Tuesday, January 28, 2014

Selfie with Sharon Liese

I live in Los Angeles. The one place in the entire world, where some people are considered flawless… perfect. Maybe that’s why they call it the city of Angels. Some of the men and women here are considered to be heavenly, however what Hollywood doesn’t want to remind you is that celebrities are just paid workers with strong jawlines and the ability to remember long phrases for short periods (some with much more skill than others) and Hollywood is just the name of an industry. It’s a job.

Some people blow glass into magnificent pieces of art, others teach pre-school, a brave few become firemen or astronauts.  Here in Hollywood we make movies, and create television series. Our craft is entertaining, but that’s not always our result. For far too many years the entertainment industry has promoted the idea that all women should look like barbies. That we should all have big breasts, a little waist, highlights, and never be caught dead without lip gloss.

Ladies, I hate to tell you but no matter how hard you try, you will never wake up in the morning looking like Jennifer Aniston… I’m sure when she wakes up she doesn’t even look like Jennifer Aniston. The industry uses a multitude of lights, camera lenses, photo shopping softwares, tweaks and tricks to manipulate the outcome of the shots or photos. We make things magical. That’s what the entertainment industry is, a “heightened, more exciting version of real life” to quote model, Jennie Runk.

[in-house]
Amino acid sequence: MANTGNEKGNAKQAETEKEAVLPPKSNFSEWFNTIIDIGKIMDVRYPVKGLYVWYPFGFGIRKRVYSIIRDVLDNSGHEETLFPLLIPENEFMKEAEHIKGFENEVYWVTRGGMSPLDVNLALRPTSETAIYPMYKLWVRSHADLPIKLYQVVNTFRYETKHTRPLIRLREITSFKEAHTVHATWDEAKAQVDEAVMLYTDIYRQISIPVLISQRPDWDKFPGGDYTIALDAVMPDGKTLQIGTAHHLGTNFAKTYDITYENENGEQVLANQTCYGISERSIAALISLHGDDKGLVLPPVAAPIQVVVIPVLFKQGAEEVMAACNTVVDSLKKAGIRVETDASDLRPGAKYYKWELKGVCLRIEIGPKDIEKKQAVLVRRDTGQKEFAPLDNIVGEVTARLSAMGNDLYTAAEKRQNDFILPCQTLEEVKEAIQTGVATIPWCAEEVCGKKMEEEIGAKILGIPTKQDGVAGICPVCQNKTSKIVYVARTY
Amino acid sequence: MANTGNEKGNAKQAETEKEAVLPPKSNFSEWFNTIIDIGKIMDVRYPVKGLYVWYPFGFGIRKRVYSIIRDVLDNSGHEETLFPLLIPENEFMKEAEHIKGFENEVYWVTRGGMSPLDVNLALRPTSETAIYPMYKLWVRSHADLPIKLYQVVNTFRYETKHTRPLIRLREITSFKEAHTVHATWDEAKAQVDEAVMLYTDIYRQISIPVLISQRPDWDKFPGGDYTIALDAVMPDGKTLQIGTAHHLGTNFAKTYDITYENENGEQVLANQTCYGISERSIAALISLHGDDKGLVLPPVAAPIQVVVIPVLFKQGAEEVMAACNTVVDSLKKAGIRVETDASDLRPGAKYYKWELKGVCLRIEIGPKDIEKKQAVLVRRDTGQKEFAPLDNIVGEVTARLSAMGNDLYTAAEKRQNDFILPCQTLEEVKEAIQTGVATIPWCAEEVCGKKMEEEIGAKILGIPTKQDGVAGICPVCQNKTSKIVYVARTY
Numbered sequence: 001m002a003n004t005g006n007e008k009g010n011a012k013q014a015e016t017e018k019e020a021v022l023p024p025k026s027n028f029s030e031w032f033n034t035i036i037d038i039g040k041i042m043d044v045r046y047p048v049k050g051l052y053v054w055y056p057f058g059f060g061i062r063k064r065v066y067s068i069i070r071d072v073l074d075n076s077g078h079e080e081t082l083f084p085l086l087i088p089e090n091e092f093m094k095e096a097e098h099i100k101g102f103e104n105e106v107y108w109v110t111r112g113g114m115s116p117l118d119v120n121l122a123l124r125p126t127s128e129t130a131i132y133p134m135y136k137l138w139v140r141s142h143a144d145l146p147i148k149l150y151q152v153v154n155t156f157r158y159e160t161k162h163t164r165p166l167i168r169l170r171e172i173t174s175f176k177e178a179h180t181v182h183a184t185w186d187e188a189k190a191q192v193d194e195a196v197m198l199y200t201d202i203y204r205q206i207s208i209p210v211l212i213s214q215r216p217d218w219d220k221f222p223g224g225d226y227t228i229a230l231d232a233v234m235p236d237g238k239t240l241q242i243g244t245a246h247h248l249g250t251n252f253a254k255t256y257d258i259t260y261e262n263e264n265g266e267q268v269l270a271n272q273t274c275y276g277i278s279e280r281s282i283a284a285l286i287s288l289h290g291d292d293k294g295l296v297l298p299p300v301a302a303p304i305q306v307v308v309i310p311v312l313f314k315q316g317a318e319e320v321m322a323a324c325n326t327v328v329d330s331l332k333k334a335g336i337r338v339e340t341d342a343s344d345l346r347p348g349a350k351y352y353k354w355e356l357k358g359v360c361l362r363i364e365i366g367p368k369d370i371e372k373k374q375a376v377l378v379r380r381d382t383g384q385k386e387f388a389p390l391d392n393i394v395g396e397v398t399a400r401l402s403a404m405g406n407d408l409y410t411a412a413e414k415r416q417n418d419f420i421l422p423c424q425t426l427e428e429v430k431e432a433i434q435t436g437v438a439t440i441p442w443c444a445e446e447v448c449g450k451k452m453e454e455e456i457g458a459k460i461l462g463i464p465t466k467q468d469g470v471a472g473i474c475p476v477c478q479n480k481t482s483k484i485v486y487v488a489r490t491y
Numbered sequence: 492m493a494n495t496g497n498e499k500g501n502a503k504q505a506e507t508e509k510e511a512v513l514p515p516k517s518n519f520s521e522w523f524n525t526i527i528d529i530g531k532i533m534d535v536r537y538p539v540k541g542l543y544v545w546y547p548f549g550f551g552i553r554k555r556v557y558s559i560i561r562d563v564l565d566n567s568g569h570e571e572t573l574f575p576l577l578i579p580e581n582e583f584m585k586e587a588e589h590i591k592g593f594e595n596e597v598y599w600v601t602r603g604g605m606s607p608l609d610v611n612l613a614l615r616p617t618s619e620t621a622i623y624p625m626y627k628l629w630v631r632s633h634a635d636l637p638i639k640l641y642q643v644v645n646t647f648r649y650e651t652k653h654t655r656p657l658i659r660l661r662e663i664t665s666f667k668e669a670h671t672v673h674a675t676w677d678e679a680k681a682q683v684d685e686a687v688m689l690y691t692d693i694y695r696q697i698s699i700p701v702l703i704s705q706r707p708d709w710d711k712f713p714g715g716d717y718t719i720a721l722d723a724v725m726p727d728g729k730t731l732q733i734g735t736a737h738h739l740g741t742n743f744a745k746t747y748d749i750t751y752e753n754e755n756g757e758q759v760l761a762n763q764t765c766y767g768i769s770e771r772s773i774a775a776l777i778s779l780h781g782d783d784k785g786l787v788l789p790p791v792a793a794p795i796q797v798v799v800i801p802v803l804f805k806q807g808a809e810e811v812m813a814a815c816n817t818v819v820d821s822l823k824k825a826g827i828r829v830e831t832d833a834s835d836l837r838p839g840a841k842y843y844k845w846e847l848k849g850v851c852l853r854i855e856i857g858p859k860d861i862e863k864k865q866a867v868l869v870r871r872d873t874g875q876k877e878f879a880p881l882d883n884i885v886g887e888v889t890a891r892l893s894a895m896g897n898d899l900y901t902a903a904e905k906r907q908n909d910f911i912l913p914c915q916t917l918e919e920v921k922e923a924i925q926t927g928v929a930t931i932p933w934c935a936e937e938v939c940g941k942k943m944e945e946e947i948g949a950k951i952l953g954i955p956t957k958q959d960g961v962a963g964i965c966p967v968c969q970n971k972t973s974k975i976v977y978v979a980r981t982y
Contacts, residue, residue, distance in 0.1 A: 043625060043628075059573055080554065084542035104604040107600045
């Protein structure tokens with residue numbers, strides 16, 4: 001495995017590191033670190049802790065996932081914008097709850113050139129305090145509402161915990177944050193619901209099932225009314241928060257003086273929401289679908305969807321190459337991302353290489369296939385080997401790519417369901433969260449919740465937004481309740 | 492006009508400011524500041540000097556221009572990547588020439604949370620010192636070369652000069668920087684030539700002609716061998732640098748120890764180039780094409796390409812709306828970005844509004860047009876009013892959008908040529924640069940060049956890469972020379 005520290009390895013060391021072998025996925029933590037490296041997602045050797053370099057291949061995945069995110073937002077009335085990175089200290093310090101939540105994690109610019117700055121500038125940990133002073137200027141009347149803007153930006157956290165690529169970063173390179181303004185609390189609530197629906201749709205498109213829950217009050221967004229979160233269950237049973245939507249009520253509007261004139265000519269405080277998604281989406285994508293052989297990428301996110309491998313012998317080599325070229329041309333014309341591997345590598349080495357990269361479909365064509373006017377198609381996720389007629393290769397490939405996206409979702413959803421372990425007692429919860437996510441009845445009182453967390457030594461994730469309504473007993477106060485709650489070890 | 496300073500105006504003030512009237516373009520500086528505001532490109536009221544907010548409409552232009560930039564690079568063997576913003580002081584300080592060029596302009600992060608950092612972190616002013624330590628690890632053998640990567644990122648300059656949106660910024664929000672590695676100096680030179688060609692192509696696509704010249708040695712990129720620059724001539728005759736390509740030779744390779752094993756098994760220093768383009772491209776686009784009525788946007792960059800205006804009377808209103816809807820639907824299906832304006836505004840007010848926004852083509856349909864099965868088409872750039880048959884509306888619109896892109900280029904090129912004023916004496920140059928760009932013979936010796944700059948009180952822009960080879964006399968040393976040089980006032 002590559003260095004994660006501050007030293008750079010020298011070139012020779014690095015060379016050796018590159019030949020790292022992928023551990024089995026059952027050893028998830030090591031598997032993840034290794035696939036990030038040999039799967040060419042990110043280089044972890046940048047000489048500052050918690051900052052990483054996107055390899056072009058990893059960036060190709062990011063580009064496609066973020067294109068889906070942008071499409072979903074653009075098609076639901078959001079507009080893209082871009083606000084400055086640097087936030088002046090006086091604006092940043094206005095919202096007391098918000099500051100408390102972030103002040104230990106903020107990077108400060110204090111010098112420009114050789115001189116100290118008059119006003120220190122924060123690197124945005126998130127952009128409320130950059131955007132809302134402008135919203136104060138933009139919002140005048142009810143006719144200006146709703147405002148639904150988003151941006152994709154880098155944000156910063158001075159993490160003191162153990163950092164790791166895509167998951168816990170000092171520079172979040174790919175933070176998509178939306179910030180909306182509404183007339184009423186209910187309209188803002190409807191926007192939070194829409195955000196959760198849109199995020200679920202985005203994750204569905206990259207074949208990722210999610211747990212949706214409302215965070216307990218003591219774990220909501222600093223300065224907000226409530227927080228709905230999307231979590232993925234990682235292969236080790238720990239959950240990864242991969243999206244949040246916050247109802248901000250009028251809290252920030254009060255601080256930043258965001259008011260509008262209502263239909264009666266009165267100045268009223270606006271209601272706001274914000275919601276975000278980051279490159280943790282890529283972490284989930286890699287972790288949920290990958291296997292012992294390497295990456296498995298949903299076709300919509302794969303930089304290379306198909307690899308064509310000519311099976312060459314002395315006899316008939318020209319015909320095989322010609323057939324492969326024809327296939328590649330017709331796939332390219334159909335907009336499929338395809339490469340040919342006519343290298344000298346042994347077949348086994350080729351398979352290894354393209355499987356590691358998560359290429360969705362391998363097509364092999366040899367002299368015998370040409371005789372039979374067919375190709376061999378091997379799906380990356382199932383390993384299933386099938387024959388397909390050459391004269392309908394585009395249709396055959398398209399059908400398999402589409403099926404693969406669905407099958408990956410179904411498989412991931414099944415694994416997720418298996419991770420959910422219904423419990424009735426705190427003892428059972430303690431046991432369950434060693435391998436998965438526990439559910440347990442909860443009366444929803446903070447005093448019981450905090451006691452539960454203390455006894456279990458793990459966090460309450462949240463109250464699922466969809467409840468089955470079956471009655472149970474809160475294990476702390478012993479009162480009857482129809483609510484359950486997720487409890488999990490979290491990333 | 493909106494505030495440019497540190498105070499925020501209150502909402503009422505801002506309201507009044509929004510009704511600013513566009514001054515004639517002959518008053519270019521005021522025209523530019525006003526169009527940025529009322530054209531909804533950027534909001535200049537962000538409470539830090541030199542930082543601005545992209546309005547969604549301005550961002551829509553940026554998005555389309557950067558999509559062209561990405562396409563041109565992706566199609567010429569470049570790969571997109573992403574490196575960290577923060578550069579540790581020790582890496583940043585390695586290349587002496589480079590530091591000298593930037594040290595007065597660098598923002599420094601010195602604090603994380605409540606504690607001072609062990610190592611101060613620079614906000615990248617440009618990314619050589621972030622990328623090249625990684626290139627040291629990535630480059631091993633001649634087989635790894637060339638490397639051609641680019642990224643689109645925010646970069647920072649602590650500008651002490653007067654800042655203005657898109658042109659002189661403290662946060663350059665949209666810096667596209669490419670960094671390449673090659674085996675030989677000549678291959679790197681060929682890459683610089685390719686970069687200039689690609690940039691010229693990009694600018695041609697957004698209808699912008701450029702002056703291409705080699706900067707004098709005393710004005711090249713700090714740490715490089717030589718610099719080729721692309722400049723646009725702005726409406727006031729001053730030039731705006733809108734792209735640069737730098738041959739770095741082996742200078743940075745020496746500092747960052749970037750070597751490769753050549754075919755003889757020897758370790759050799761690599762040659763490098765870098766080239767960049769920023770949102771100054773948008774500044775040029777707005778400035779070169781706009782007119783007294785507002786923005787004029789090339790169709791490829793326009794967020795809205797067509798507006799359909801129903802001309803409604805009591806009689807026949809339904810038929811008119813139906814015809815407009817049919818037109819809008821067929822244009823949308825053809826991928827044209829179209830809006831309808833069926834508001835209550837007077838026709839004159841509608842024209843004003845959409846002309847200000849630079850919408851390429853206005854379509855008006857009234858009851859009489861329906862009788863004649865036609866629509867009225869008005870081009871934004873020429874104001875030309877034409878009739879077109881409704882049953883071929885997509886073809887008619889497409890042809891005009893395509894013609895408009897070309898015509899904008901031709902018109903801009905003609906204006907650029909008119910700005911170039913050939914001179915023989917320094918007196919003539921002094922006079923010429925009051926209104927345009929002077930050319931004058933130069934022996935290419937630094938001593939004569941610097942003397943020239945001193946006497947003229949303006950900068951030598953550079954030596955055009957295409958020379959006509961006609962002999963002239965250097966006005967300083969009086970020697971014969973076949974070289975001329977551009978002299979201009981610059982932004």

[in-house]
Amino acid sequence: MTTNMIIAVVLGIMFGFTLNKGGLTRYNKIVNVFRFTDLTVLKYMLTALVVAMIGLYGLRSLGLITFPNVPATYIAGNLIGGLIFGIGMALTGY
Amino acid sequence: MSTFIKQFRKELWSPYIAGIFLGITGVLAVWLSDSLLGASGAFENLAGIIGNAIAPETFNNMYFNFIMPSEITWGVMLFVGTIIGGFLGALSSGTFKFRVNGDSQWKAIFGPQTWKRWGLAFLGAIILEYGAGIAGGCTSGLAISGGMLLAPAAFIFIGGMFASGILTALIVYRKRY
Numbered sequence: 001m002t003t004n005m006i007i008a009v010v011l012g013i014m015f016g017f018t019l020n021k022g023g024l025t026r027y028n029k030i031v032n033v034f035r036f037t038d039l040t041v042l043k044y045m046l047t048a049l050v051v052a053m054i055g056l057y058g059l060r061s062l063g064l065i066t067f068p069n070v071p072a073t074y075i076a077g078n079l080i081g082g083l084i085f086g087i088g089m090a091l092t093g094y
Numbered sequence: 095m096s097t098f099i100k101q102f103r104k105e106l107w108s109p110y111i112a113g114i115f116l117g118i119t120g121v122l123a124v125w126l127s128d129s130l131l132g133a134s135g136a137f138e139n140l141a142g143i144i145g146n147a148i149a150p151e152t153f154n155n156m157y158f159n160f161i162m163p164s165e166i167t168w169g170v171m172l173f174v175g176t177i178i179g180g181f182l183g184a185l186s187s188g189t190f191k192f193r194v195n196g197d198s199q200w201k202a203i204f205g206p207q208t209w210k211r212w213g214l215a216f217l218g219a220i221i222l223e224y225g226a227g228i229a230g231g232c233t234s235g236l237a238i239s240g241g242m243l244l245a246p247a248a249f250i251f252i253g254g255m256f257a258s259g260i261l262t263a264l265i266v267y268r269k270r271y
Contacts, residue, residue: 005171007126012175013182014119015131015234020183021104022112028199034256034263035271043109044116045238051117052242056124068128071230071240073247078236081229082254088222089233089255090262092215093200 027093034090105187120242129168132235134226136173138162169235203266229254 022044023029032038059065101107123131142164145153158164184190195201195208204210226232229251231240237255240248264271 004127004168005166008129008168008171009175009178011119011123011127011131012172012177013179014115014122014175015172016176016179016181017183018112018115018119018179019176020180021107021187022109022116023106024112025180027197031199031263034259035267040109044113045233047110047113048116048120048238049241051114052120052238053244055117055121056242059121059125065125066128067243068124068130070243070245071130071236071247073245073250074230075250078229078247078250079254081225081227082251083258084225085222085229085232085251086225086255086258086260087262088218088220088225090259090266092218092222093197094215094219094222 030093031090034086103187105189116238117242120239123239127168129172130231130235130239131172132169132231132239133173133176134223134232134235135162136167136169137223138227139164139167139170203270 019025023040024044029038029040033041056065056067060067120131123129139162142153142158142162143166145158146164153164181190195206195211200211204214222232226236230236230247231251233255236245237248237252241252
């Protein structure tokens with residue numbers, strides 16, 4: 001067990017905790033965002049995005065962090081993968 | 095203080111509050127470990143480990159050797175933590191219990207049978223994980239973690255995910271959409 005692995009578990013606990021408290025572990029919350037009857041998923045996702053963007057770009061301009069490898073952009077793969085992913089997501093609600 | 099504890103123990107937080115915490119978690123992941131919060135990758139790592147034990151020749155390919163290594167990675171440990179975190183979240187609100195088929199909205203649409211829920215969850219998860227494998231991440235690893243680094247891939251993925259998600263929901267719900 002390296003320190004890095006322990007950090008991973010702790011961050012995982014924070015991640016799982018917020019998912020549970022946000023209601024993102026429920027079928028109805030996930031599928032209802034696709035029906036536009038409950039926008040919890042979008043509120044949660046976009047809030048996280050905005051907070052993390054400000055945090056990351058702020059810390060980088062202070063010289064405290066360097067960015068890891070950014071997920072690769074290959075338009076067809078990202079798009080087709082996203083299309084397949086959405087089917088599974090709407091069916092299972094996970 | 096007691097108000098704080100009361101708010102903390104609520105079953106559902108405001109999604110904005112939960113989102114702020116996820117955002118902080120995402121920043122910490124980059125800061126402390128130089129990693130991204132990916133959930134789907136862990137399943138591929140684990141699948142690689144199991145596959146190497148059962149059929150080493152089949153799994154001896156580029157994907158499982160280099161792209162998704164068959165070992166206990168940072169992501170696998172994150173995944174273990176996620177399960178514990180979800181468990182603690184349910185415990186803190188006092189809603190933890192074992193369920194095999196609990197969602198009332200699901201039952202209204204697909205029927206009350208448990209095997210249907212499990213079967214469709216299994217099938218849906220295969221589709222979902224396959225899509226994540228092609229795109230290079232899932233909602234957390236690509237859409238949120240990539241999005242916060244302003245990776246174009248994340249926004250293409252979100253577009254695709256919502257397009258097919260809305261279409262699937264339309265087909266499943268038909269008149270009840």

But over the last few years, something new has begun taking place. Social Media has put more and more power back into the hands of the exceptionally real and unique woman. It has allowed us more exposure to cultural variety, a lot of which is still raw and unfiltered.

Producer Sharon Liese found a way to harness this power, and remind us all of something incredible along the way. I got to catch up with her after her trip to Sundance to learn a little more about her recent project.


Tennessee Martin: Your short film Selfie made it into Sundance this year. That’s so exciting! Can you tell me about the project?